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More First Nations weighing in on cannabis options

From link to article by Erik White, August 28th 2019

It’s been a hazy and confusing road to opening a cannabis store on Mississauga First Nation.

But Reg Niganobe, the chief of the community on the north shore of Lake Huron, says he was expecting a bumpy ride.

“It’s what we figured,” he says. “Because we’re in a grey area.”

Mississauga had originally planned to open its own marijuana shop, following its own regulatory regime, but has now decided to join the provincial system.

It is one of eight First Nations chosen in a recent lottery to open cannabis stores licensed through the Ontario government.

Niganobe says the provincial system helps take away the guess work when it comes to the safety of the product and of the community, which was the main concern he heard from citizens in Mississauga. 

“I think it’ll be fruitful, but I’m not sure it’ll be that big of an industry. There will be those who are successful and those who aren’t,” he says. 

“There’s just so much uncertainty behind what’s going to happen later on.”

And some of that uncertainty is over whose rules First Nations pot shops will be governed by.

Negotiations are underway on a federal cannabis framework, that would see Indigenous communities run their own marijuana system, from grow-op to dispensary, separate from the provincial network.

Former Serpent River First Nation chief Isadore Day is part of those talks and now works as a consultant helping Indigenous governments with cannabis and other policy questions.

He feels joining the provincial system won’t be the boost for First Nations economies that could come with running their own cannabis regime.

“There’s really no room for First Nations to supply their own cannabis and participate in the full value chain,” says Day, who can see communities have more than one pot shop, each run under a different set of rules. 

He calls cannabis a “jurisdictional watershed issue” that could help prove that Indigenous governments can run their own businesses and regulate health, public safety and education outside of the federal and provincial governments.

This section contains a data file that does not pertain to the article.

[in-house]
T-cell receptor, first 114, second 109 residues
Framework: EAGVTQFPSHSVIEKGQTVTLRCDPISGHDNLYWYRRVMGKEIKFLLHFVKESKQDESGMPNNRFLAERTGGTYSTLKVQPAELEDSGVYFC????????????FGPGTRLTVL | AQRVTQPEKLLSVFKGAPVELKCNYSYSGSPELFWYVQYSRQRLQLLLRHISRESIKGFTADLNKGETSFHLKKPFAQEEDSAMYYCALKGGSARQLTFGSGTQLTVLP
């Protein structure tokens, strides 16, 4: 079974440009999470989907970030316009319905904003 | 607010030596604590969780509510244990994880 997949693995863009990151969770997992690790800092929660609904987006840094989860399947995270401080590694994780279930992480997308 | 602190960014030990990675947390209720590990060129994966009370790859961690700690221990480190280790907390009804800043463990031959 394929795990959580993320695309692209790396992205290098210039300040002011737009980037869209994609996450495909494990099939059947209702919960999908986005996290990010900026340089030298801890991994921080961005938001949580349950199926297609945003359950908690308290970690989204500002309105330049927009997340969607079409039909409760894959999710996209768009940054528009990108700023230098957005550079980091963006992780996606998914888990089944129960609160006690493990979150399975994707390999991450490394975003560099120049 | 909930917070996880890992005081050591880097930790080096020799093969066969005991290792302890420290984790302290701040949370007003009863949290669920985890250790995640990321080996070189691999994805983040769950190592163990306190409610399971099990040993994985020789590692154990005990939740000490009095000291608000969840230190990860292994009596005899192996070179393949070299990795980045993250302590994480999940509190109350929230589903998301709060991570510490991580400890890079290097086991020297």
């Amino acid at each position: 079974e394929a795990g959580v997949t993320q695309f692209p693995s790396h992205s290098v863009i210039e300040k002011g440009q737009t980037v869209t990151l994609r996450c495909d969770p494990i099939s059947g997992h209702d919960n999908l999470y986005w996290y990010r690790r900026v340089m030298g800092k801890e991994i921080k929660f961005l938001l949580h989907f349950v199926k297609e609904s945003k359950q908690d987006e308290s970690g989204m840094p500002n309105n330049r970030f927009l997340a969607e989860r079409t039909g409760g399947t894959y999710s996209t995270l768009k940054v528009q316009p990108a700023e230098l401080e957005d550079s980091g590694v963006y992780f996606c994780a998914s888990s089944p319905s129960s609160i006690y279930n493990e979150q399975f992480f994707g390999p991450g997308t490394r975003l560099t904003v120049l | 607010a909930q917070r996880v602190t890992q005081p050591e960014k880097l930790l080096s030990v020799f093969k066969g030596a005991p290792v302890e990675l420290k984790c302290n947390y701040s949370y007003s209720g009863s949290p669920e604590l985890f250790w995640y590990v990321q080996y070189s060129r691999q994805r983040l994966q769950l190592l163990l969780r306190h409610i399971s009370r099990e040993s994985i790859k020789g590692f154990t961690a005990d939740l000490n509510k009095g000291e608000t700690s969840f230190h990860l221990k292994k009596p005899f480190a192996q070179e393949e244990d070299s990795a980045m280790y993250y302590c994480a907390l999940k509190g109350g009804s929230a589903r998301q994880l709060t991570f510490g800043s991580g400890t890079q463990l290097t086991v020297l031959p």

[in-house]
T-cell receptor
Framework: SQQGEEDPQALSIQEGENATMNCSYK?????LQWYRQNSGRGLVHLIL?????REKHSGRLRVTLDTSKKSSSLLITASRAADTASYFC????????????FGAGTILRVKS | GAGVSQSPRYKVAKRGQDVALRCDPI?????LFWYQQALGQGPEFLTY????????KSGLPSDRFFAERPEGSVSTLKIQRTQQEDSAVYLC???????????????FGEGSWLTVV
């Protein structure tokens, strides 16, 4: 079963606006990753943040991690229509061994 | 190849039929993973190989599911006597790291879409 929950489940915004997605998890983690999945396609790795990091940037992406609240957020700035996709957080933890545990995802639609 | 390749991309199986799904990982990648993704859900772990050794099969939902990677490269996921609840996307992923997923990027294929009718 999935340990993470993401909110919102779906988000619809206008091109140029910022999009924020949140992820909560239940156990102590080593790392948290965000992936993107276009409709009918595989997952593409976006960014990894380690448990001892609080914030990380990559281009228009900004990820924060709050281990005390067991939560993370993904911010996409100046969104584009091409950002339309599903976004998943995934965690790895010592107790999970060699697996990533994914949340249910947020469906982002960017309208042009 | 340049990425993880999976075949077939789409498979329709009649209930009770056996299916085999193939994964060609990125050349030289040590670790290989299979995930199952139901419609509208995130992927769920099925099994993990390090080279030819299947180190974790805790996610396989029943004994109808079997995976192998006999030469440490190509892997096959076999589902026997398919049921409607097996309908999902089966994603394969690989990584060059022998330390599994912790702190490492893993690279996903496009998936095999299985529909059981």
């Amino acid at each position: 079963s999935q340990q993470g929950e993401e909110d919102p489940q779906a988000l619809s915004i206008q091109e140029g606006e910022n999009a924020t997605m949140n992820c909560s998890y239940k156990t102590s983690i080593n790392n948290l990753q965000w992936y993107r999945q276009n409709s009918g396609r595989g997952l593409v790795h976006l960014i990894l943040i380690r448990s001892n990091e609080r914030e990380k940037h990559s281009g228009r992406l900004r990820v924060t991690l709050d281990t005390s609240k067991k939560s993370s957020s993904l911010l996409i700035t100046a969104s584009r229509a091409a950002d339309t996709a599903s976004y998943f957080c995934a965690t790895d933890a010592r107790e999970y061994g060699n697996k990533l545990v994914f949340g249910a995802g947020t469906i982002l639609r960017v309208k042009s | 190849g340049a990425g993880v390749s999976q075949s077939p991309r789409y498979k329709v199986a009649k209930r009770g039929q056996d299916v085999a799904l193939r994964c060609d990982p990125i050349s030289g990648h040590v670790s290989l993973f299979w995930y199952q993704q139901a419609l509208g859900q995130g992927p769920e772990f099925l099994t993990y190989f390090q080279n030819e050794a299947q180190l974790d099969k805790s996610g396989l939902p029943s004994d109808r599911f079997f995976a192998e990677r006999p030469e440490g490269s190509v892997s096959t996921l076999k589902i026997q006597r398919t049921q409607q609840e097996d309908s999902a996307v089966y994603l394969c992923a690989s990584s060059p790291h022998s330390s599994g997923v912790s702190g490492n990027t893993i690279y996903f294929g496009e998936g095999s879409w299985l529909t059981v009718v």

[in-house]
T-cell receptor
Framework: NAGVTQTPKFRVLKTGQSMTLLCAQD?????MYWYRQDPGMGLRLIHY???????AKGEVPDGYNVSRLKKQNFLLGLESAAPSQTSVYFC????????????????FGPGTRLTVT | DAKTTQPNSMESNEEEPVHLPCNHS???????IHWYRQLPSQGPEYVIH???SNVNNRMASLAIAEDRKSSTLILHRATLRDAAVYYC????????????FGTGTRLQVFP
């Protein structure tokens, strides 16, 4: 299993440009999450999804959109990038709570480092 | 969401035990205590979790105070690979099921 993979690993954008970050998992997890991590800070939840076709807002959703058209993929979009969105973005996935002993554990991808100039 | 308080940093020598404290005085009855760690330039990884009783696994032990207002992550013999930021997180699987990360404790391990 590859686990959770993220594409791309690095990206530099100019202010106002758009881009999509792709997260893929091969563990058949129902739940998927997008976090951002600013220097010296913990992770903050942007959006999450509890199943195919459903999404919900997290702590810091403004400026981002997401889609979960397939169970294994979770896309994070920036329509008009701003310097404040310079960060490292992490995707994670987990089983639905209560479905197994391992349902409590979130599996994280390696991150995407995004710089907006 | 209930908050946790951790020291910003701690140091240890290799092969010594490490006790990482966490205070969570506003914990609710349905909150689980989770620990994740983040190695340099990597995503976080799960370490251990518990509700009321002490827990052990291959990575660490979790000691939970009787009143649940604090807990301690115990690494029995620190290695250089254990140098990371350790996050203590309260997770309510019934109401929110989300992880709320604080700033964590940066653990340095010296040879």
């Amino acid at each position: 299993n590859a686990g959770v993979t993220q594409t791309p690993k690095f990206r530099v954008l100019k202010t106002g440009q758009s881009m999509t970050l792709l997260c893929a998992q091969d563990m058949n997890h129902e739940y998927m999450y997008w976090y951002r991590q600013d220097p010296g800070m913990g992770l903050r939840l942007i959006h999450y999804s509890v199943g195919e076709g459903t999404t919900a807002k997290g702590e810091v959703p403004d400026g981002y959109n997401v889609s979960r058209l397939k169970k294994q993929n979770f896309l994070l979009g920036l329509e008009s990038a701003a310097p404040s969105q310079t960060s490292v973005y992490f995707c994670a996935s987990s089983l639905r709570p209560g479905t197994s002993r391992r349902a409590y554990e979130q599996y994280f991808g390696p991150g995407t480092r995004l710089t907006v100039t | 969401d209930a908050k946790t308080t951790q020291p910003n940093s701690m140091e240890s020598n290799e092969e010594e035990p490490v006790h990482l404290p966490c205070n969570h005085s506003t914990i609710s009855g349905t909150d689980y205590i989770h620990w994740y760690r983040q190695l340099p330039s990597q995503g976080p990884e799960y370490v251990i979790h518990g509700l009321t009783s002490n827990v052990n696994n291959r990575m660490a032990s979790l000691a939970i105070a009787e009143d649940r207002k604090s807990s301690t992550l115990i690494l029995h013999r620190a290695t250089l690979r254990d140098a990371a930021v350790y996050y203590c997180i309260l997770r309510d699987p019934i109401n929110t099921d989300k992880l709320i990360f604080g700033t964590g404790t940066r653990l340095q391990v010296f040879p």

Some First Nations in the north are looking to set up their cannabis stores under their own laws.

Wahnapitae First Nation is drafting a bylaw that would regulate the two dispensaries that have been operating in the community north of Sudbury for over a year.

Creator’s Choice owner Derek Roque stands a safe distance from his cannabis dispensary on Wahnapitae First Nation, because he is facing charges from police. (Erik White/CBC)

Both have been raided by police and Creator’s Choice owner Derek Roque is still facing criminal charges.

He says police haven’t visited since his community started looking at regulating cannabis, including the possibility of grandfathering in the existing stores and allowing Roque to continue to grow marijuana on reserve lands.

“I don’t know if we’d [look back and] laugh, we’d definitely be shaking our heads at the all the hoops we’ve had to jump through,” says Roque.

“It’s been extremely stressful for our families and for our community.”

While some First Nations governments are looking to open cannabis stores themselves, Roque thinks greater economic opportunities will come from allowing entrepreneurs like him to run pot shops. 

“If we look at businesses that are run by governments or councils, they are not in the position to be strategic business people,” he says.

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